[Casa Magazine] American Masterpieces
By Daniel Kepl
Link to article
Nir Kabaretti is in his 7th season as Music and Artistic Director of the Santa Barbara Symphony. this year is the orchestra’s 60th anniversary as well, and in honor of the occasion American composer Jonathan Leshnoff was commissioned to compose a new work, Concerto Grosso in the Baroque Style, featuring several principal members of the ensemble.
The Santa Barbara Symphony is Kabaretti’s first American gig, and the creative collaboration has been more than a one-way artistic conversation. While the orchestra has grown by several leagues as a result of Israeli born, Italy-based (Florence/Rome) maestro’s leadership, our musicians, many of whom work in the fast lane of Hollywood films, have contributed not a little to Kabaretti’s American aesthetic.
The program opened with the wonderfully accessible, leggy world premiere. In four didactic movements, the piece jousts multiple soloists against the larger orchestra windmill. The first movement pitted Guest Concertmaster Tereza Stanislav and Principal Second Violin Elizabeth Hedman against the orchestra. In the second movement, a quartet of soloists including cellist Trevor Handy, horn James Thacher, John Lewis trumpet and Andrew Malloy, trombone exchange light banter, while ignoring the clamorous orchestral fussing.
The third movement of the Concerto Grosso was for principal winds: flute Francine Jacobs, oboe Lara Wickes, clarinet Alicia Lee, bassoon Andy Radford, with charming obbligato harpsichord riffs performed by Natasha Kislenko, the orchestra’s resident pianist. The last movement of the new piece brought all the soloists front-and-center for a jolly exchange of dance cards. Leshnoff’s Concerto Grosso will undoubtedly be recorded soon. Perhaps the Santa Barbara Symphony can be a part of that project?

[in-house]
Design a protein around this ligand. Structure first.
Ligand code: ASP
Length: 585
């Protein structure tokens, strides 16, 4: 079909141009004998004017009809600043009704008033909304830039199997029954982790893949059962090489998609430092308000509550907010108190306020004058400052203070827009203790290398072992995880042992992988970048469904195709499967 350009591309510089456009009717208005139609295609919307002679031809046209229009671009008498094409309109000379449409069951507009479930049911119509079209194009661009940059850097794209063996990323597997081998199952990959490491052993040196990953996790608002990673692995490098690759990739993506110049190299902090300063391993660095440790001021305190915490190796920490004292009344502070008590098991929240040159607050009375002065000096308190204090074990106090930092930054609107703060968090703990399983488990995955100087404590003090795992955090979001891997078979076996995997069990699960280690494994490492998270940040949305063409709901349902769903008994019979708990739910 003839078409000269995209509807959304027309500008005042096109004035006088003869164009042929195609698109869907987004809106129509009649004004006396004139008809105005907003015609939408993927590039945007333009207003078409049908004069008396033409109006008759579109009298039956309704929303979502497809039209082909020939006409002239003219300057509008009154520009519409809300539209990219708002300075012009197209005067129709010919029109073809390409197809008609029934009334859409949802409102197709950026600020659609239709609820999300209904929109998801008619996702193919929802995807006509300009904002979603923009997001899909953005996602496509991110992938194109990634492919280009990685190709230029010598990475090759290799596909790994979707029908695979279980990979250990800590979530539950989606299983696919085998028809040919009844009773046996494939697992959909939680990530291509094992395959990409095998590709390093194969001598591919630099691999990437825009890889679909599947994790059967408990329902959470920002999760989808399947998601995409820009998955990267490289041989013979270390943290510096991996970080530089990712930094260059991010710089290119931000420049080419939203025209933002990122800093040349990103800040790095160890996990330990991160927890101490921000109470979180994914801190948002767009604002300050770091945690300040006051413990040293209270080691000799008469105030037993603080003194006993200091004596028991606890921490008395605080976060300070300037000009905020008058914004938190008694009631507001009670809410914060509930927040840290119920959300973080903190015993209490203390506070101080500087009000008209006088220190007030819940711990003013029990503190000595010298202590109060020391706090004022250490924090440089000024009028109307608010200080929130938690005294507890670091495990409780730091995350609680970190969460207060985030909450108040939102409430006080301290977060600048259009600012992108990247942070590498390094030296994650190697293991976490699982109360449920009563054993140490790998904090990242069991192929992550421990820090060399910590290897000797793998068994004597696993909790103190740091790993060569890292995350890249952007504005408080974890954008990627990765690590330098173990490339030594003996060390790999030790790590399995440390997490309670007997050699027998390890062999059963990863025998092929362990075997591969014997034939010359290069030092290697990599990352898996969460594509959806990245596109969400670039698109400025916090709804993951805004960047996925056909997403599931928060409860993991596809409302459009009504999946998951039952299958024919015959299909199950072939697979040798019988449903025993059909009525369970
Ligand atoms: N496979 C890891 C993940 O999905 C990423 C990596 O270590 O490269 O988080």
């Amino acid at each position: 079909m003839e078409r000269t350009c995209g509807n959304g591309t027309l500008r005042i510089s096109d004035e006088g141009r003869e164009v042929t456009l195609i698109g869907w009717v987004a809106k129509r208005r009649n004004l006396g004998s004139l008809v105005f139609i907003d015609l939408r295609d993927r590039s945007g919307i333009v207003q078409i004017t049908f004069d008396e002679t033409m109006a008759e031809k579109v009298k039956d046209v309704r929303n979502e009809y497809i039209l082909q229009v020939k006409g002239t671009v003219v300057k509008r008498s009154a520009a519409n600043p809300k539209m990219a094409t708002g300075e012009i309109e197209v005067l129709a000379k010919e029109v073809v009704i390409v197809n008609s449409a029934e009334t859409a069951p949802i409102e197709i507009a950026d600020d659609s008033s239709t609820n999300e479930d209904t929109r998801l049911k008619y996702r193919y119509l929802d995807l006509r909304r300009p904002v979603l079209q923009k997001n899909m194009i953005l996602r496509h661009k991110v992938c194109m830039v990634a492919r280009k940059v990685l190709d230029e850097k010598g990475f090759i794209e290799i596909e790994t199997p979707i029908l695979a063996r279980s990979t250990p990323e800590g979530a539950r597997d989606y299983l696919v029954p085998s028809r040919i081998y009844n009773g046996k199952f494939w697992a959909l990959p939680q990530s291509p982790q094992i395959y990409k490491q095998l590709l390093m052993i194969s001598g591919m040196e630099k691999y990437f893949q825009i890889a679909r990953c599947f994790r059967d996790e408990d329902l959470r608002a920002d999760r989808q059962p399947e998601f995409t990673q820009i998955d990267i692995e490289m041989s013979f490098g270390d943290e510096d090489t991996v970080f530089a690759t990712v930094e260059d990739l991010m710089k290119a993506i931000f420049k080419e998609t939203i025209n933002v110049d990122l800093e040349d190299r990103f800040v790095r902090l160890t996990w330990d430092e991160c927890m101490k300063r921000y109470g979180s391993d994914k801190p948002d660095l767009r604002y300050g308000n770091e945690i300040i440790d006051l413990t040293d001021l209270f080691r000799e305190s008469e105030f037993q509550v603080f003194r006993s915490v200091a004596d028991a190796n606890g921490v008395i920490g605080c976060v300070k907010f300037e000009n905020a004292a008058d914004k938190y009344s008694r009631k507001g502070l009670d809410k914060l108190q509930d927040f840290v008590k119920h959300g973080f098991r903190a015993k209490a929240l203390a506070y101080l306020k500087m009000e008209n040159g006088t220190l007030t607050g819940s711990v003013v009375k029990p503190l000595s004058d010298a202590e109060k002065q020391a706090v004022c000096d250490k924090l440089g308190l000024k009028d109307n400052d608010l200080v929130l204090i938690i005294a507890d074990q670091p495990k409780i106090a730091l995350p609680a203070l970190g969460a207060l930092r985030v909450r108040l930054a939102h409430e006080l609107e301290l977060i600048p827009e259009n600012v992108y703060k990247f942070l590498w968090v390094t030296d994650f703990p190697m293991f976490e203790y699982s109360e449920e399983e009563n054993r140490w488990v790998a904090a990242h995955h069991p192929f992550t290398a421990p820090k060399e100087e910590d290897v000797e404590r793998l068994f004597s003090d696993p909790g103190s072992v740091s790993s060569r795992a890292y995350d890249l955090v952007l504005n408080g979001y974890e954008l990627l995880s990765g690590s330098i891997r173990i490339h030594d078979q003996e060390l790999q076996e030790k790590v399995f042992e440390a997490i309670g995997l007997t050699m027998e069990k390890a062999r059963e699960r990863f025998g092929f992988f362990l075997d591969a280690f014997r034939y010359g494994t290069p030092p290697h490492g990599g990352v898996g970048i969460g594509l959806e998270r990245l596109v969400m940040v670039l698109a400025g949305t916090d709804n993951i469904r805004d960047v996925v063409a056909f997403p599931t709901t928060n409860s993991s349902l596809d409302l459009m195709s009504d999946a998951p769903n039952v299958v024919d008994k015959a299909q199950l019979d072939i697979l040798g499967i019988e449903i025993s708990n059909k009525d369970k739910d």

Saturday’s “American Masterpieces” concert at the Granada Theatre felt very much like home, as Kabaretti conducted from memory Leonard Bernstein’s sinuous and searing Symphonic Dances from West Side Story. The music, rutting and dark, ferociously territorial, and also exquisitely heartbreaking, is American post-Atomic musical dramaturgy writ large, with accessory nods to Shakespeare, liberation politics, and the Reuben sandwich.
Kabaretti and his orchestral colleagues assayed the now famous fingering clicking and Mambo! in the score with cliche defying aplomb. Brass and wind solos, complex chamber ensemble sets, perfectly nuanced and colorful percussion salvos, and explosive orchestral tutti sections jumped off the written page with throttling impact, reminiscent of dinner with Edward Albee’s Martha and George in Who’s Afraid of Virginia Woolf: a taught, superbly articulate performance.
Pianist Xiayin Wang is apparently a kindred spirit of George Gershwin. She tackled, with the technical virtuosity and spontaneous combustion of a Valkyrie, the composer’s monumental Concerto in F for Piano and Orchestra. In three episodic movements, the work is a musical cornerstone from a time when jazz was the happy opiate of the American proletariat.
With consummate taste, Maestro Kabaretti devoted the entire second half of the program to this single American masterpiece, attending to each detail and inflection of Ms. Wang’s interpretation with care and empathy. While the Concerto is a chock-a-block with fun jazz riffs, particularly for solo trumpet, Gershwin’s deeper, meditative soul informs the slow middle movement, which was played with profound poignancy by the pianist. As encore, Ms. Wang demonstrated a given: I Got Rhythm.